Robert Crumb, Yes, R. Crumb, at UCLA October 29

robert_crumbIt’s not like Bill Watterson coming out of the woodwork, but it’s somewhat close:  first uncelebrated, now celebrated  Robert Crumb is making a rare public appearance at UCLA’s Royce Hall on October 29.  He’ll be here to discuss his life’s work, up to and including his latest endeavor, The Book of Genesis.  This foray into John Milton territory recently was hailed as an “honest, powerful violent rendering of the Bible’s first book” by the Los Angeles Times this past Sunday.  Francoise Mouly will lead the discussion.  (Francoise Mouly is the former cartoon editor and current art director at The New Yorker, introduced readers to an excerpt of The Book of Genesis earlier this summer in the magazine, and, incidentally, is married to Maus author Art Spiegelman) (I mention this only because you can now rest assured that this appearance won’t be one of those Charlie Rose type ordeals in which the moderator has no relevant background or knowledge about the interview subject’s expertise and so verbally flails about during the interview that he appears, at best, like a sycophant and, at worst like a fanboy).  Tickets are $18 for UCLA students; for us out-of-school-ers, the cultural tuition fee is hiked up to somewhere between $36 to $60, depending on how close you need to get to the chalkboard.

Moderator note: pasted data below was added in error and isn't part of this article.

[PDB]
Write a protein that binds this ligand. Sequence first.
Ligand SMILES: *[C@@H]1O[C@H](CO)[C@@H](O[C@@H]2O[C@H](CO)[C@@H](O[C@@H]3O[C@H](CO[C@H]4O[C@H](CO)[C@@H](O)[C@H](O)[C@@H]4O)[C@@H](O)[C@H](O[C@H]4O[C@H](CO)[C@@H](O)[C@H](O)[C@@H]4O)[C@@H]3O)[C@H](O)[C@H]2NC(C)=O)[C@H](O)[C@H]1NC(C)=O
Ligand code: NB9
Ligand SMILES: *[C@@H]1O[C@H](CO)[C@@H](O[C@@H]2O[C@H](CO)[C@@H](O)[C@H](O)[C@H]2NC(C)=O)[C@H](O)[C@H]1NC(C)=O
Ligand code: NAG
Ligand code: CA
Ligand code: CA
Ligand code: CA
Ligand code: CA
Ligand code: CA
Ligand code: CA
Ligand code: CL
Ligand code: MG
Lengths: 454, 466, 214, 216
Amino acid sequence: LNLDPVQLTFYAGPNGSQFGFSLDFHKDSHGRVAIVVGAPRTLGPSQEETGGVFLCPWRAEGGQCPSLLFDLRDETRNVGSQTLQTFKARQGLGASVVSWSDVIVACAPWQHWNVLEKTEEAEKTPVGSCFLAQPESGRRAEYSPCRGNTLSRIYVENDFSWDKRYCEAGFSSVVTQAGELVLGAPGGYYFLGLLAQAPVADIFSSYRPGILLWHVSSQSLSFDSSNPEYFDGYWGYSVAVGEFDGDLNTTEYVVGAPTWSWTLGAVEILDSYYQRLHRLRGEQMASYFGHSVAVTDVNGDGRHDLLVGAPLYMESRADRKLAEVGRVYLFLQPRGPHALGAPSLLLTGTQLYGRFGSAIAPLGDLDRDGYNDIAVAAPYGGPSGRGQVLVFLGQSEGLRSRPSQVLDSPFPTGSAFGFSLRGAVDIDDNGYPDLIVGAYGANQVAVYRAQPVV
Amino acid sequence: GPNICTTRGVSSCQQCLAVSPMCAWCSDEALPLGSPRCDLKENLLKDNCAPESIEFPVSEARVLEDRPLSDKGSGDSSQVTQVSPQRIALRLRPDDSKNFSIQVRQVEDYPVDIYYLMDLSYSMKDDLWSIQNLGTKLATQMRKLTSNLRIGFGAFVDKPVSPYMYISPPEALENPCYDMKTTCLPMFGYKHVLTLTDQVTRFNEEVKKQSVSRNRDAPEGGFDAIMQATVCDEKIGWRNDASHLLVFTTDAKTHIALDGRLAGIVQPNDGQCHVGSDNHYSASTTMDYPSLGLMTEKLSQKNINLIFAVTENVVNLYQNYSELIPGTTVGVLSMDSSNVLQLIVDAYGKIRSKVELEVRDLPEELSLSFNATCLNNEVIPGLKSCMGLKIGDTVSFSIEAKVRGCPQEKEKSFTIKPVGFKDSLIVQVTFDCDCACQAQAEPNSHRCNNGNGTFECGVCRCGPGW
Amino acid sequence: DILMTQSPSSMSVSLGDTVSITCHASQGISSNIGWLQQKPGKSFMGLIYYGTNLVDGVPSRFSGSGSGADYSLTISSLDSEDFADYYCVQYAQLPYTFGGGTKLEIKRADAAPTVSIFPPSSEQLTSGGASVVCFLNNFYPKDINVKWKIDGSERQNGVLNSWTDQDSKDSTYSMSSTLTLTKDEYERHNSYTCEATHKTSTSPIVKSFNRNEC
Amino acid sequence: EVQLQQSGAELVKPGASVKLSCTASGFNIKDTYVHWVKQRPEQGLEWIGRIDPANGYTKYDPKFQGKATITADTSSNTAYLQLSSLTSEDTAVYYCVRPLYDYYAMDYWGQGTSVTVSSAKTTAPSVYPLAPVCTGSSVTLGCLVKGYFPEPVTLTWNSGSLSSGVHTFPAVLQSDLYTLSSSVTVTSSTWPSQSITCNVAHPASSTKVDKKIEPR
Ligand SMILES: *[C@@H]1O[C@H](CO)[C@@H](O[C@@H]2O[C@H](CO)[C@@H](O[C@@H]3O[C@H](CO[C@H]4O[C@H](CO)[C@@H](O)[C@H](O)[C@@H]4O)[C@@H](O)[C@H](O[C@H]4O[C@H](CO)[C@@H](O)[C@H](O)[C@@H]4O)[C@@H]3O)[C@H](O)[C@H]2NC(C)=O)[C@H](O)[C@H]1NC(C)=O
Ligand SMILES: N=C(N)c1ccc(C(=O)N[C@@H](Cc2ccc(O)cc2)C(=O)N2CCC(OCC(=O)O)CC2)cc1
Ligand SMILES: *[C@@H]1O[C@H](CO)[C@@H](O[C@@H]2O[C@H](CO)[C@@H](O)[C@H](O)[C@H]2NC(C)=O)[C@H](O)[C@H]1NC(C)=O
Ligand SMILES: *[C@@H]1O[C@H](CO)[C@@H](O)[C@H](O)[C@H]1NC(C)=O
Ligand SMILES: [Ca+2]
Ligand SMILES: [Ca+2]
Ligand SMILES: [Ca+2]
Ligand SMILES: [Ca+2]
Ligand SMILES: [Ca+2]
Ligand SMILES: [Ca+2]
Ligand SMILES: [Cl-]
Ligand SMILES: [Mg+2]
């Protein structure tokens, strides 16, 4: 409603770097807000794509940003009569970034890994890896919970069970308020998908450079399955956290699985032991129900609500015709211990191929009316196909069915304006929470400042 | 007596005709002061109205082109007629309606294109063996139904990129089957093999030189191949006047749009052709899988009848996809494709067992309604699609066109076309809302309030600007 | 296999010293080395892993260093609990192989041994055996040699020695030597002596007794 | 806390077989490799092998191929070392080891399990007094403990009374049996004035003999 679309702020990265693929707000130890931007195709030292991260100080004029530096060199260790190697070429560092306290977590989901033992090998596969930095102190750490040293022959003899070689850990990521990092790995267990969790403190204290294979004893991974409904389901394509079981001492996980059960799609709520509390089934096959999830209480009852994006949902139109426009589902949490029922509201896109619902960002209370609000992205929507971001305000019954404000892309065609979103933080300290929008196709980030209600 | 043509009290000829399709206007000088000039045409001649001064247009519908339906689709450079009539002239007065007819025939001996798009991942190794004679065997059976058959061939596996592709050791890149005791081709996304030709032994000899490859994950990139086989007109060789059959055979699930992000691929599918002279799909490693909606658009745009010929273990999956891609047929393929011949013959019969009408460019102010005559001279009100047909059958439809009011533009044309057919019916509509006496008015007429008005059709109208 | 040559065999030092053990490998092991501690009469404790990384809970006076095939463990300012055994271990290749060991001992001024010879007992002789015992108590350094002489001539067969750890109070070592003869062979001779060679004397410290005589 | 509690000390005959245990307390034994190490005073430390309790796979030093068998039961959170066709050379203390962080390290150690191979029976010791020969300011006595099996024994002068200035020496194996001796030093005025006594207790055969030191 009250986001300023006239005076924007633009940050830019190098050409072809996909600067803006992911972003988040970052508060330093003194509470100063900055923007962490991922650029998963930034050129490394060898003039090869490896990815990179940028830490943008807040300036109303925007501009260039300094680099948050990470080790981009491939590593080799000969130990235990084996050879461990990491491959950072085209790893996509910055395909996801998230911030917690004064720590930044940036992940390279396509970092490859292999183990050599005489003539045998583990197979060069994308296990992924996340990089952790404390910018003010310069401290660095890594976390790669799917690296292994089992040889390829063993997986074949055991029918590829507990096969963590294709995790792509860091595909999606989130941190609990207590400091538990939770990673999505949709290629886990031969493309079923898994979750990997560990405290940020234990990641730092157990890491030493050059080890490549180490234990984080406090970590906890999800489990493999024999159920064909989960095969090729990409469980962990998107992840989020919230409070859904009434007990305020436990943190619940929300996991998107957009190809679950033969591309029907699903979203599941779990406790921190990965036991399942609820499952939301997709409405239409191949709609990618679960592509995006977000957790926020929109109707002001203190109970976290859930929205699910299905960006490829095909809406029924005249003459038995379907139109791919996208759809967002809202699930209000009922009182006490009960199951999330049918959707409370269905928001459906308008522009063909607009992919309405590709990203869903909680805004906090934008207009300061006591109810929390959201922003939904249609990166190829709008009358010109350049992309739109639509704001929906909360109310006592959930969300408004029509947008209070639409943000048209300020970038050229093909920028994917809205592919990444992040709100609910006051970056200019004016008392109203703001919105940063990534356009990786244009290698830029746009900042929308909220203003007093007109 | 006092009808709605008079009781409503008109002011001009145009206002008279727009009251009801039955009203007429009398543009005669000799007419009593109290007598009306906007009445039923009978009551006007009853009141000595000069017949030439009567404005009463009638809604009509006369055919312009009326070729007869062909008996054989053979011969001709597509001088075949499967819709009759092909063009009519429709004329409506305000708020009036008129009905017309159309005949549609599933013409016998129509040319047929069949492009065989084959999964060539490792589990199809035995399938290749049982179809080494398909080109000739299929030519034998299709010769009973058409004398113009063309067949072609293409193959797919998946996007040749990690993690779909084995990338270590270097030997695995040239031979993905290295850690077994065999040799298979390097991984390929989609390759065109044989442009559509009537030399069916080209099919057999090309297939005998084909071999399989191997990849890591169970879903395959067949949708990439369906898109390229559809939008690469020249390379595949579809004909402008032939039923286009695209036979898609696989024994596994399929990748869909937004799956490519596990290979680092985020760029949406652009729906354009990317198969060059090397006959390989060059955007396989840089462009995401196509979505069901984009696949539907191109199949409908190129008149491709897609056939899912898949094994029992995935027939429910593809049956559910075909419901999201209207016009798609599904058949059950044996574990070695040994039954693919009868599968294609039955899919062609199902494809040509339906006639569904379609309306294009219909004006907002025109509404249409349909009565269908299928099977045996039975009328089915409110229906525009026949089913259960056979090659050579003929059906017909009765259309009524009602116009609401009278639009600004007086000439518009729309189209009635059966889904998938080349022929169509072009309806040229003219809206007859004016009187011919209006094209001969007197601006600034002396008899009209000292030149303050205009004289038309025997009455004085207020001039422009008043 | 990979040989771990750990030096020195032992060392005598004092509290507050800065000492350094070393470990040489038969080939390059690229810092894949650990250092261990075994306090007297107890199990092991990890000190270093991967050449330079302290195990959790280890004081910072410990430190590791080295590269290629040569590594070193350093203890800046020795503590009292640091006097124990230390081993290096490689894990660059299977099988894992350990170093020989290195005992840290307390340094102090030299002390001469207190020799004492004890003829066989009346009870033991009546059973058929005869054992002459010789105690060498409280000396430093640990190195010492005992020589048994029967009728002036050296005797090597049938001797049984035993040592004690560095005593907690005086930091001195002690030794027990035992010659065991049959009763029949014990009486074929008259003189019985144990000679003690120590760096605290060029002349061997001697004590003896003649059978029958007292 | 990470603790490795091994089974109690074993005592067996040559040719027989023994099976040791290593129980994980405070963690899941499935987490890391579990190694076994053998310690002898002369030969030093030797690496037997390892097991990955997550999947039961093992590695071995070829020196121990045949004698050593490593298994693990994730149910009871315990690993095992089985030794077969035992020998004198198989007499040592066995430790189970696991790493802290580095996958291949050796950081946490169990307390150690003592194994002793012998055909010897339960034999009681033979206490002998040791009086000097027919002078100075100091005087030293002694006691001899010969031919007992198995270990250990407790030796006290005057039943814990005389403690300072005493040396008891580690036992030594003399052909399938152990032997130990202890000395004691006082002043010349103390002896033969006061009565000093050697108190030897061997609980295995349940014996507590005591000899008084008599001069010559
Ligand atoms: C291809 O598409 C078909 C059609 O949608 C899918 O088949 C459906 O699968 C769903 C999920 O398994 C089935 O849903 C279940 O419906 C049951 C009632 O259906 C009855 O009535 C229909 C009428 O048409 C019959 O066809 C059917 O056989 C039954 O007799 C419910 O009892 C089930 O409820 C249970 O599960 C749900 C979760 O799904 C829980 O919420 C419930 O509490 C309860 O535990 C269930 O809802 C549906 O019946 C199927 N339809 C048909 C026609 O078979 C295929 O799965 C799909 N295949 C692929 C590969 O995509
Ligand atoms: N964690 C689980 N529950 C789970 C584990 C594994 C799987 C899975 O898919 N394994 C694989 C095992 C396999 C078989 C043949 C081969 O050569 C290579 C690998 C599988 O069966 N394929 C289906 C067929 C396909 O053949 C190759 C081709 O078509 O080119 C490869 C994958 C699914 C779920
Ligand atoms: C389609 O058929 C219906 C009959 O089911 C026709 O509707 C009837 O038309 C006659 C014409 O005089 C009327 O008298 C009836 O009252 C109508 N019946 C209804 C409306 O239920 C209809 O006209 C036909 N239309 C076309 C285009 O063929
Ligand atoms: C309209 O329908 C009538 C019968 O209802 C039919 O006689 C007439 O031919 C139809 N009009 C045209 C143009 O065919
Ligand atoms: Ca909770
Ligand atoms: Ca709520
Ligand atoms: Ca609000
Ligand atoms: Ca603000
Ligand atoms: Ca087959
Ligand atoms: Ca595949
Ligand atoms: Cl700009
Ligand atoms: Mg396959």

For those who miss the talk, you don’t have to miss the art:  UCLA will host a related exhibit in the Hammer Museum.  “The Bible Illuminated: R. Crumb’s Book of Genesis” will be on view from October 24 to February 7.  For future reference, Thursdays are free!

2 thoughts on “Robert Crumb, Yes, R. Crumb, at UCLA October 29”

  1. As a child (of disenchanted Lutherans who left the church when I was four, sparing me any religious indoctrination, something I will be eternally grateful for) and certainly as an adult, I’ve never owned or had access to a bible in the house.

    My only exposure to the greatest story ever told was an audio cassette version with sound effects and music that I listened to when, as a teenager, I was babysitting my cousins. After I tucked them in, I went down to the game room, smoked some pot, turned down the lights and listened. I remember the booming voice of God, bleating lambs and the distinct impression of Jesus sounding like he was on quaaludes.

    Anyway,in that R. Crumb-like spirit, and also as a huge fan of R. Crumb,I look forward to this exhibit.

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